Wisconsin makes a play for clean energy

Wisconsin is creating a Clean Energy Generation, Transmission and Storage Systems (CEGTS) Consortium, which will be a public-private partnership to drive clean and biotechnology research and development in the state. The Consortium will be composed of the state’s academic institutions, state industry and government partners.

Wisconsin has a budding energy research corridor between the academic institutions in Madison and Milwaukee. The state hopes to build on that with this initiative which will combine The Center for Renewable Energy Systems (CRES) in Madison and the Southeastern Wisconsin Energy Technology Research (SWETR) consortium in Milwaukee into a single statewide organization which will be funded by a combination of federal, state, regional, local and private industry sources.

The Wisconsin Office of Energy Independence will provide $300,000 in seed capital for the first two years of operation. The project is expected to leverage $37 million in combined sponsored research over a 10-year period.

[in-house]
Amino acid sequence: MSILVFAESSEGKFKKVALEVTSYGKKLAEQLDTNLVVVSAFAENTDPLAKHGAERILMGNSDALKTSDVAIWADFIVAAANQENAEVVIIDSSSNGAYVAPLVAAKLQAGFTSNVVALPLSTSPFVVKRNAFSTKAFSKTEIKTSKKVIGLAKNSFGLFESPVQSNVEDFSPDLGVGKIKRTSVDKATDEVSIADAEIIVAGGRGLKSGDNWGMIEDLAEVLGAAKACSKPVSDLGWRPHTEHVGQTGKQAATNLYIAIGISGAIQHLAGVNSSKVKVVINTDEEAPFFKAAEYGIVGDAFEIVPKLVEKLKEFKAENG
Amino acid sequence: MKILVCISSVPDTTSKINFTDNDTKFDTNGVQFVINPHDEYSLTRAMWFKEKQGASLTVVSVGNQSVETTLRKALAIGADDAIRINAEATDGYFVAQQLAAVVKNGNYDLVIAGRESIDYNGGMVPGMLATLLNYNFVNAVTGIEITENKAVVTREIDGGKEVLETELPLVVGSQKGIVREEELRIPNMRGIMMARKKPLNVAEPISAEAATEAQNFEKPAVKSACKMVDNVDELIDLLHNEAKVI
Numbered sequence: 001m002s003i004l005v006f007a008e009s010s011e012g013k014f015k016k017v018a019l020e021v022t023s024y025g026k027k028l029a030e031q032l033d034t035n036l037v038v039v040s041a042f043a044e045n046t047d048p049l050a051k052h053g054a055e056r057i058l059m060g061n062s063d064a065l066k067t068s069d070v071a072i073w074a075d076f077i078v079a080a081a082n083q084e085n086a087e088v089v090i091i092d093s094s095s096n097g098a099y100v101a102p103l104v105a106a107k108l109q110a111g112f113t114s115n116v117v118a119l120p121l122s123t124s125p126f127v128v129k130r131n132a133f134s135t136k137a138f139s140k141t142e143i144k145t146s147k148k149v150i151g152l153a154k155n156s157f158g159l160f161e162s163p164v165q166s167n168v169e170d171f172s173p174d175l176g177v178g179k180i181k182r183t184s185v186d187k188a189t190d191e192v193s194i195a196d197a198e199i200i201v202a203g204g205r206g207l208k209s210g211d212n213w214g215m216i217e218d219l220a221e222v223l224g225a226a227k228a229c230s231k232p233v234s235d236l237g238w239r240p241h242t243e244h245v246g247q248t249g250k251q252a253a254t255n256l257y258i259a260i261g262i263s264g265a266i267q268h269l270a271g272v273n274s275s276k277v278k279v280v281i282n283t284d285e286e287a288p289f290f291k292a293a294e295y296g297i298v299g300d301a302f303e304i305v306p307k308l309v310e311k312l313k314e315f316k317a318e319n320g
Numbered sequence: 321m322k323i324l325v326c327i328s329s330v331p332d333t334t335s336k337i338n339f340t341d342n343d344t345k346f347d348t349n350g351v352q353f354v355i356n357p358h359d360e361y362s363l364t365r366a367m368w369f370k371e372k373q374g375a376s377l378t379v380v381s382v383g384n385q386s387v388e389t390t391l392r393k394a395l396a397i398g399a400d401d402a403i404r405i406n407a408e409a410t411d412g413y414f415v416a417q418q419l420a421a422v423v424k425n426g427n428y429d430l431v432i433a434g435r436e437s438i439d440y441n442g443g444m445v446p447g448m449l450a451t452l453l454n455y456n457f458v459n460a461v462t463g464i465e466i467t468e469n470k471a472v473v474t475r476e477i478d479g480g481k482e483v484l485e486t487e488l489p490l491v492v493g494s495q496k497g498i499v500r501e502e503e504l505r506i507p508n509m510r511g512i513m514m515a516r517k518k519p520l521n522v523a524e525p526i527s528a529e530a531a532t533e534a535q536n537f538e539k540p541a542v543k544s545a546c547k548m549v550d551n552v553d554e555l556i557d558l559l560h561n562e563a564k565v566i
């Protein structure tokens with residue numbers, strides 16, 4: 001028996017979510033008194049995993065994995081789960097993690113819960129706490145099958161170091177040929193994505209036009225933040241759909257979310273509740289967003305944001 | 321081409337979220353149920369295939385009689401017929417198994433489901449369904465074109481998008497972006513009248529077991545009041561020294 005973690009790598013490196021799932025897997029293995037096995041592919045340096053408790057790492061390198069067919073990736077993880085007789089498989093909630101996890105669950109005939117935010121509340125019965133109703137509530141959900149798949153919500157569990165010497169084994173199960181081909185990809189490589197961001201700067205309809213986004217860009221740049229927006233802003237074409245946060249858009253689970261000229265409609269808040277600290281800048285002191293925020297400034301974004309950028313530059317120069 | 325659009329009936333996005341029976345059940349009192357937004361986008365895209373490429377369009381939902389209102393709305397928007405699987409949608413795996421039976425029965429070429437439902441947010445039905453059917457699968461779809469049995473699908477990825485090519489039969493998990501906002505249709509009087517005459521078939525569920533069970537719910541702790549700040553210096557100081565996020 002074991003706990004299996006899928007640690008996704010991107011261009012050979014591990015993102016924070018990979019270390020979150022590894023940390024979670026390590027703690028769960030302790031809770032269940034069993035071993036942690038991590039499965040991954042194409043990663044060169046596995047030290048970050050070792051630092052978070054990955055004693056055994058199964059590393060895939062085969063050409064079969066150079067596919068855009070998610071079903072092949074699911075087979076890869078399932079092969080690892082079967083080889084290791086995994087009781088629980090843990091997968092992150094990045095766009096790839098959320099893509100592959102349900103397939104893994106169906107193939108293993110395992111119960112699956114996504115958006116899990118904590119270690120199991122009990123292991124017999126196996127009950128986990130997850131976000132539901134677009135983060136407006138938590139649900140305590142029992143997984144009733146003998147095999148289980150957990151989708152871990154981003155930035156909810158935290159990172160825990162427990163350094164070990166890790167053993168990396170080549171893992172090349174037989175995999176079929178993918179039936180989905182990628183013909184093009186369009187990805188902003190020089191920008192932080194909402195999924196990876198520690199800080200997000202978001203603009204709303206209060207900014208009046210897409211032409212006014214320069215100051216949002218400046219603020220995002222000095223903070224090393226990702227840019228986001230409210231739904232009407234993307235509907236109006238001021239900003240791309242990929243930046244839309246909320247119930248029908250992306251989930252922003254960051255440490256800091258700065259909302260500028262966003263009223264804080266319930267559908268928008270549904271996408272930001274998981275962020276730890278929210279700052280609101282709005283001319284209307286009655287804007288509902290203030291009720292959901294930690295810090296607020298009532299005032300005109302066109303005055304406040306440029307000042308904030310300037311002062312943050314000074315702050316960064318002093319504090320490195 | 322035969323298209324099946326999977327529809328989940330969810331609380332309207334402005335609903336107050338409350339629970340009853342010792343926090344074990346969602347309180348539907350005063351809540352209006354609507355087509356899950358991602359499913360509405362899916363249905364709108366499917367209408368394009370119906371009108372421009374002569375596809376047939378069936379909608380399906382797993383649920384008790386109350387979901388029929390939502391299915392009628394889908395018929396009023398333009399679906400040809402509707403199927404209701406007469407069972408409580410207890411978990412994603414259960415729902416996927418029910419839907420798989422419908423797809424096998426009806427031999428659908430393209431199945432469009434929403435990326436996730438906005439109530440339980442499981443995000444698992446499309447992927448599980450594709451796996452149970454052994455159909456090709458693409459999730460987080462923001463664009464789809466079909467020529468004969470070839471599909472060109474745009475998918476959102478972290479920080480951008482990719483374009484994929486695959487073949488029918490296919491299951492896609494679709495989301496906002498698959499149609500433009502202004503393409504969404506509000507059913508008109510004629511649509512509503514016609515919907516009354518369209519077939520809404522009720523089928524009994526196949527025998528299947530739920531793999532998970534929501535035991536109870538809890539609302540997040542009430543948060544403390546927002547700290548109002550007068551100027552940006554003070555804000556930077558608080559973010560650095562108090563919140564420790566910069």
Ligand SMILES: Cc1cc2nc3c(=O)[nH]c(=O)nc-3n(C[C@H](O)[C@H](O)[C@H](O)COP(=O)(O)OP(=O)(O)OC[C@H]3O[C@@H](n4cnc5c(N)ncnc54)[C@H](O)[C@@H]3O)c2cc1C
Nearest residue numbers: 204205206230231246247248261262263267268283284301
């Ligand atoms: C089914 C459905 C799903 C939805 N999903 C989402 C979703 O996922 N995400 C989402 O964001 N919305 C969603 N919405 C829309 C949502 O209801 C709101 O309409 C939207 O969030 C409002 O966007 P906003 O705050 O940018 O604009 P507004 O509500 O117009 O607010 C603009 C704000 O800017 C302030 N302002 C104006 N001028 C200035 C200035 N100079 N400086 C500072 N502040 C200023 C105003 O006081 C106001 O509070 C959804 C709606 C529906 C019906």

The goals of the consortium are to provide continuous research and development for the state’s industrial leaders in a wide range of technologies for clean energy development and economic growth. Research areas will include energy efficiency, wind, solar, biofuels, superconductors, smart grid and nanomaterials. Consortium work will take place at UW-Madison, UW-Milwaukee, Marquette University and Milwaukee School of Engineering (MSOE).

Starting in June, the state is also building the Wisconsin Energy Institute a $50 million project that will house the Great Lakes Bioenergy Research Center.

In addition, Wisconsin has a partnership with Manitoba, Canada to build efforts to advance emerging technologies and enhance the mid-continent knowledge “IQ” corridor. They will be hosting a series of joint workshops this summer on building a clean energy economy. Manitoba and Wisconsin also work together as partners in the Midwest Greenhouse Gas Accord.

These initiatives are part of an aggressive agenda from Governor Jim Doyle designed to make Wisconsin a hub for developing the clean energy economy. “It is crucial that Wisconsin develop and maintain a leadership role in these emerging energy technologies to provide the needed expertise to its companies,” Governor Doyle said.

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